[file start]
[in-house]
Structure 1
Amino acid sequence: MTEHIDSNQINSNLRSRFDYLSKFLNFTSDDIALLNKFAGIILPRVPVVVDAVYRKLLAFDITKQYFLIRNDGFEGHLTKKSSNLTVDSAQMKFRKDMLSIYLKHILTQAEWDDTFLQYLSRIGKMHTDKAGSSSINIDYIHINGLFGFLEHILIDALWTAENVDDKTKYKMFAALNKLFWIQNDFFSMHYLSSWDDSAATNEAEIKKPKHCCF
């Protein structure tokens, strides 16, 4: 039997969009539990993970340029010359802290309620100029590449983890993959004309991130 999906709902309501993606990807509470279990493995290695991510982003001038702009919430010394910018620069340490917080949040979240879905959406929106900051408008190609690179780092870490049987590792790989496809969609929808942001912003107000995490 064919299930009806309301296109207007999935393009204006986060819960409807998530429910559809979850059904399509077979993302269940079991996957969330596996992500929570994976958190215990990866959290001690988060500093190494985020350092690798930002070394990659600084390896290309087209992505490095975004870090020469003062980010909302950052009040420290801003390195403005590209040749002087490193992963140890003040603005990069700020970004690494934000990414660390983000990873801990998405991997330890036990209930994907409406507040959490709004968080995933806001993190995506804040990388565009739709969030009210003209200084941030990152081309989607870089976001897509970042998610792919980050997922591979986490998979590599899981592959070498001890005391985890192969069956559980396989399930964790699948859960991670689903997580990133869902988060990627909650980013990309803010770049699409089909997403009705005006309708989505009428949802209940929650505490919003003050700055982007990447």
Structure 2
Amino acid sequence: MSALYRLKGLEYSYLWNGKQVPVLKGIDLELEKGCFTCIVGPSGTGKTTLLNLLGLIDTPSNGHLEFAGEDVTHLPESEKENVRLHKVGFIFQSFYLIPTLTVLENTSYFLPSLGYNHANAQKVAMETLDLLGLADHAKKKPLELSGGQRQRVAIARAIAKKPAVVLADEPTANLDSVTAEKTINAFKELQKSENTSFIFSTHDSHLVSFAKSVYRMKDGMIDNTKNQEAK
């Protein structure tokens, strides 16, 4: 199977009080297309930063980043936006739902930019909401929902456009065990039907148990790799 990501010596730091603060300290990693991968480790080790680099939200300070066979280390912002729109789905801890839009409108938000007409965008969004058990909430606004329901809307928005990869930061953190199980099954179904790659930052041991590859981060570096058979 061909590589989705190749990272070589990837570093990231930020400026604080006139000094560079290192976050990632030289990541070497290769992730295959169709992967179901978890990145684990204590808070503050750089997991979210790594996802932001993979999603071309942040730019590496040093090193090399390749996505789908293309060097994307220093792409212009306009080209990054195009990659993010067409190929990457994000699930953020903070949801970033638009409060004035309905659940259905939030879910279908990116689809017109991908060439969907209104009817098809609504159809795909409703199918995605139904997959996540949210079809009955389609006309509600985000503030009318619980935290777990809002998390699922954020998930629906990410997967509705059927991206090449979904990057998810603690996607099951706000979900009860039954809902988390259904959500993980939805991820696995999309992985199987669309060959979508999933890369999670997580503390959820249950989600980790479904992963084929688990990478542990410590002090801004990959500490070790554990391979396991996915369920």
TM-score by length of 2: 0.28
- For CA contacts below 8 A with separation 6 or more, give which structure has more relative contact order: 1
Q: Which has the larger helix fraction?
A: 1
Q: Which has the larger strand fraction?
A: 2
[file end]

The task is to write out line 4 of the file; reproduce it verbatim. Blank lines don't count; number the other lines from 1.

């Protein structure tokens, strides 16, 4: 039997969009539990993970340029010359802290309620100029590449983890993959004309991130 999906709902309501993606990807509470279990493995290695991510982003001038702009919430010394910018620069340490917080949040979240879905959406929106900051408008190609690179780092870490049987590792790989496809969609929808942001912003107000995490 064919299930009806309301296109207007999935393009204006986060819960409807998530429910559809979850059904399509077979993302269940079991996957969330596996992500929570994976958190215990990866959290001690988060500093190494985020350092690798930002070394990659600084390896290309087209992505490095975004870090020469003062980010909302950052009040420290801003390195403005590209040749002087490193992963140890003040603005990069700020970004690494934000990414660390983000990873801990998405991997330890036990209930994907409406507040959490709004968080995933806001993190995506804040990388565009739709969030009210003209200084941030990152081309989607870089976001897509970042998610792919980050997922591979986490998979590599899981592959070498001890005391985890192969069956559980396989399930964790699948859960991670689903997580990133869902988060990627909650980013990309803010770049699409089909997403009705005006309708989505009428949802209940929650505490919003003050700055982007990447």